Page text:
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On Friday the share index closed up 0.5 percent taking its total value to 7019.53 points. This is a rise of over 2,000 points from March 23 last year when Boris Johnson announced the UK’s first coronavirus lockdown.
Following the Prime Minister’s announcement, the index fell in value to a low of 4,993.9.
Since the crash, the FTSE 100 has increased in value by £532bn giving a major boost to investors and savers.
Hopes for rapid global economic growth are high due to successful Covid-19 vaccine rollouts and encouraging data from the United States and China.
Figures released on Friday showed the Chinese economy grew by a record 18.3 percent in the first quarter of 2021 compared with the previous year.
The FTSE 100 has surged past 7,000 points
The FTSE 100 has risen over 2,000 points since last March’s low
In the US the S&P 500 share index hit a new high whilst the Dow Jones Industrial Average exceeded 34,000 points for the first time.
Traders are buoyed by the $30 trillion (£21.7 trillion) in additional spending by the US government.
This includes $1,400 (£1,000) stimulus payments sent to most Americans by the Biden administration.
Despite surging in value the FTSE 100 remains about 10 percent below the value it held at the beginning of 2020.
Britain’s economic recovery is being boosted by a rapid vaccination programme
This makes it something of an international laggard with the Dow, S&P, German Dax and French CAC 40 indexes all having moved beyond their pre-pandemic levels.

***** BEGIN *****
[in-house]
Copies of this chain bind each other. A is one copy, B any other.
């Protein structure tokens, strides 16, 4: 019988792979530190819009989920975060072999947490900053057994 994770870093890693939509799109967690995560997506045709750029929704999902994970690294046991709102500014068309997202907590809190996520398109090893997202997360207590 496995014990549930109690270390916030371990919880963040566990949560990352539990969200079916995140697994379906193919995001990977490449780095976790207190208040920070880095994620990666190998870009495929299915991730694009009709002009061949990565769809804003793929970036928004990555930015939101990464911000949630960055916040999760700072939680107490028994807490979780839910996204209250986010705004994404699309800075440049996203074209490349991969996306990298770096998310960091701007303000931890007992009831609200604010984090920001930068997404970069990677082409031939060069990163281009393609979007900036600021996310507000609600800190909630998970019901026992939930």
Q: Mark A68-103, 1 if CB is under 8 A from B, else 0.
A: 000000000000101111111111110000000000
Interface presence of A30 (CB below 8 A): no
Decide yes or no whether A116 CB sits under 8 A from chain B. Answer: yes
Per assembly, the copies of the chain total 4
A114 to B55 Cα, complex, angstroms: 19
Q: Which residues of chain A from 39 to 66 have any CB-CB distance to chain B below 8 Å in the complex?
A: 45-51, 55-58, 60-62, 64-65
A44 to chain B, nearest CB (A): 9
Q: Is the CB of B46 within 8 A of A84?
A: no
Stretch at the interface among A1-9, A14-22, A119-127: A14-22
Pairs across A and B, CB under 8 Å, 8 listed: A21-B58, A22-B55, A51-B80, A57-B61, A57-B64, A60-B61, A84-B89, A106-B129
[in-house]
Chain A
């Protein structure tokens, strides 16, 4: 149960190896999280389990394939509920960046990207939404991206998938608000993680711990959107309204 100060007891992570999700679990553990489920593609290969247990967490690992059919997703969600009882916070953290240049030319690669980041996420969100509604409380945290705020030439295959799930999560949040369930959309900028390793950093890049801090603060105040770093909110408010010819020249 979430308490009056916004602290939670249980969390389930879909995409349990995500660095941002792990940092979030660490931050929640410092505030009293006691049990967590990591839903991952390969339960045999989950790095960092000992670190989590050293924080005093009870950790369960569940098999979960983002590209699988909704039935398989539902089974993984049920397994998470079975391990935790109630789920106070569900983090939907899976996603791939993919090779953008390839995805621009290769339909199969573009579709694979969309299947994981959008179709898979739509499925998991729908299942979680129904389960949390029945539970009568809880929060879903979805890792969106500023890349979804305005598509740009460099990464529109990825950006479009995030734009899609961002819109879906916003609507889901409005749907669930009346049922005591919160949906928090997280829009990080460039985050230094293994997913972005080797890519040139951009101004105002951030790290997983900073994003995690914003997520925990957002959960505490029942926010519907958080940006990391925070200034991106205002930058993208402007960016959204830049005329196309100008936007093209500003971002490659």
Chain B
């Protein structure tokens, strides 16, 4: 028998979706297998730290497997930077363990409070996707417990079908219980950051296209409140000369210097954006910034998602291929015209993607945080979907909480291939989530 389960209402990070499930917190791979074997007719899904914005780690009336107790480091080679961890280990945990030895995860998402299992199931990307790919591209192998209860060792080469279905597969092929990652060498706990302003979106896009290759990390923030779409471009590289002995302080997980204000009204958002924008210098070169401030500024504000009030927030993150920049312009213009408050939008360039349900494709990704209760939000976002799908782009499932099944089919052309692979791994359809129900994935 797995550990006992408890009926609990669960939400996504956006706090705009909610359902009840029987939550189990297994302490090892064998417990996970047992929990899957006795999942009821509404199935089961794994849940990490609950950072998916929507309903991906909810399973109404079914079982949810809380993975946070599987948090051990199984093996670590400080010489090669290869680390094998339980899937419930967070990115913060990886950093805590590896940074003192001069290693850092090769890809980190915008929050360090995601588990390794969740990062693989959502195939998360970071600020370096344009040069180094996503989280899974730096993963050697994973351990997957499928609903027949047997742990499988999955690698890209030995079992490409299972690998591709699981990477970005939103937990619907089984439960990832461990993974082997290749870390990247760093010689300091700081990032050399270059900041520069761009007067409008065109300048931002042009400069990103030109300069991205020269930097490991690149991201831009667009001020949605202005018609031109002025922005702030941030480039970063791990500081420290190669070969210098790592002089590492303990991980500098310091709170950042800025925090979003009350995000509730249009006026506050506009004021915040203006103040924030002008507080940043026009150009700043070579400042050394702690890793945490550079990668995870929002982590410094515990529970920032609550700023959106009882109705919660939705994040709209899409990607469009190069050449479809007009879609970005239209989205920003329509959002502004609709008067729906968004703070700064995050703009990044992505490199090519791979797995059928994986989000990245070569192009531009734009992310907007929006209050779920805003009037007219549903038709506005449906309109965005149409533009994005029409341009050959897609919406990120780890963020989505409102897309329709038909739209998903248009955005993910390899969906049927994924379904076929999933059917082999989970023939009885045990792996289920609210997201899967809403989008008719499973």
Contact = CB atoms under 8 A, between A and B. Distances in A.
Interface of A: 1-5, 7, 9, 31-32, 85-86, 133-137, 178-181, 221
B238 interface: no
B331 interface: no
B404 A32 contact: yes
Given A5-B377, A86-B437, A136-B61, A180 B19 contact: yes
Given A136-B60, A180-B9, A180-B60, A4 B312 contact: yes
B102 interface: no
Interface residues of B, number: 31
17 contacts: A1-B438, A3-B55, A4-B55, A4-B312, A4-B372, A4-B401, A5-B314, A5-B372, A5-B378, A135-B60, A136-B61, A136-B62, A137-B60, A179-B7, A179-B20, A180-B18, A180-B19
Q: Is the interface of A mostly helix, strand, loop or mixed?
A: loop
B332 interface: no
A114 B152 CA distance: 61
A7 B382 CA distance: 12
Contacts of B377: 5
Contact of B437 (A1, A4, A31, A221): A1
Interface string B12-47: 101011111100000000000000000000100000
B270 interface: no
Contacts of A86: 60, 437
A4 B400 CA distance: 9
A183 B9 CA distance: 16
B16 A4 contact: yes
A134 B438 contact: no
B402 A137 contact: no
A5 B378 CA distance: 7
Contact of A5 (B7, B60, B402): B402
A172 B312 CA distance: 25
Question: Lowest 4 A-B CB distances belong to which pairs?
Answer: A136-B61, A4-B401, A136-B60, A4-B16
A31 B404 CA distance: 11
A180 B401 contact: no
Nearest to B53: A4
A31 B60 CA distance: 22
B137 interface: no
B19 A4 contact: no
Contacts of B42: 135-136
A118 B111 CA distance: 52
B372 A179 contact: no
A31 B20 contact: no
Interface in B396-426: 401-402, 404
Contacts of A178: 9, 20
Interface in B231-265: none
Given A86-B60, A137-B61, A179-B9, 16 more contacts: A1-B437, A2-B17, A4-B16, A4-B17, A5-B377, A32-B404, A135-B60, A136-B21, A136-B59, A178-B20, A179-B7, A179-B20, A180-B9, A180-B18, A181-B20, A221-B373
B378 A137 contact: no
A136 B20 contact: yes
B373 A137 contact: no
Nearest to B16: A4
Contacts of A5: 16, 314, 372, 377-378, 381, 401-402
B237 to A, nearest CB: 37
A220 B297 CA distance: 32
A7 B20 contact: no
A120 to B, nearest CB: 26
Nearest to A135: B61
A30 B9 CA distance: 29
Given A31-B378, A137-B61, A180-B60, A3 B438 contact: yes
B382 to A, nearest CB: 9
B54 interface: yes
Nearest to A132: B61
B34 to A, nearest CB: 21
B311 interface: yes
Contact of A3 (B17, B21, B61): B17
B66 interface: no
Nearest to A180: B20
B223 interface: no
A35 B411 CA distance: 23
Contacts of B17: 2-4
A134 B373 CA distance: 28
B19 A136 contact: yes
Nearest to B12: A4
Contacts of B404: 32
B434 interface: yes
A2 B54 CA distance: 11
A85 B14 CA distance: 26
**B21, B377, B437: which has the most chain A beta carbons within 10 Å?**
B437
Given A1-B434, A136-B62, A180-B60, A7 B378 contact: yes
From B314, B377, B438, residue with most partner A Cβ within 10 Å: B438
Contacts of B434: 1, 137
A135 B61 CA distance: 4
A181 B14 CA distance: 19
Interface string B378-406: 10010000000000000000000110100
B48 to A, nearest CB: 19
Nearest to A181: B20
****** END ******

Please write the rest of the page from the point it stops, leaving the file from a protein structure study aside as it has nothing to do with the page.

However the FTSE 250, which is more domestically focused, hit a record high on Friday and has replaced all its pandemic losses.
Financial experts expect the FTSE’s 100 and 250 to continue rising thanks to record low-interest rates and extra spending from Chancellor Rishi Sunak.
Speaking to the Daily Telegraph Nick Peters, a Fidelity International portfolio manager, commented: “As the global recovery becomes more entrenched, fuelled by continued fiscal stimulus and ultra-loose monetary policy, we think this should translate into continued positive UK equity market performance.
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World growth has been boosted by successful coronavirus vaccine programmes in a number of the world’s advanced economies.
In the US nearly 40 percent of the population have received at least one Covid-19 jab whilst for the UK the figure is 49 percent.
Israel has fully vaccinated over half its population and has recorded a sharp drop in coronavirus cases and hospitalisations.
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However, the EU’s vaccination programme is lagging significantly behind causing outrage across the continent.
Mark Haefele, UBS Global Wealth Management’s chief investment officer, expressed confidence the strong market growth will continue.
He said: “As the economic re-opening accelerates in the coming months, we believe the bull market remains on a solid footing.”
The Dow and S&P have both recovered to their pre-pandemic levels
An analyst from Capital Economics added: “We expect oil prices will rise further in the months ahead as the rollout of vaccines and relaxation of virus-related restrictions prompt a leg-up in demand.”
Last month the Chancellor announced the UK’s furlough scheme will be extended until September.
The Government hopes to remove all coronavirus related restrictions on socialising by June 21.
As a result of the vaccine rollout, a Deloitte study found finance officers are now more confident about global economic growth than at any time during the past 13 years.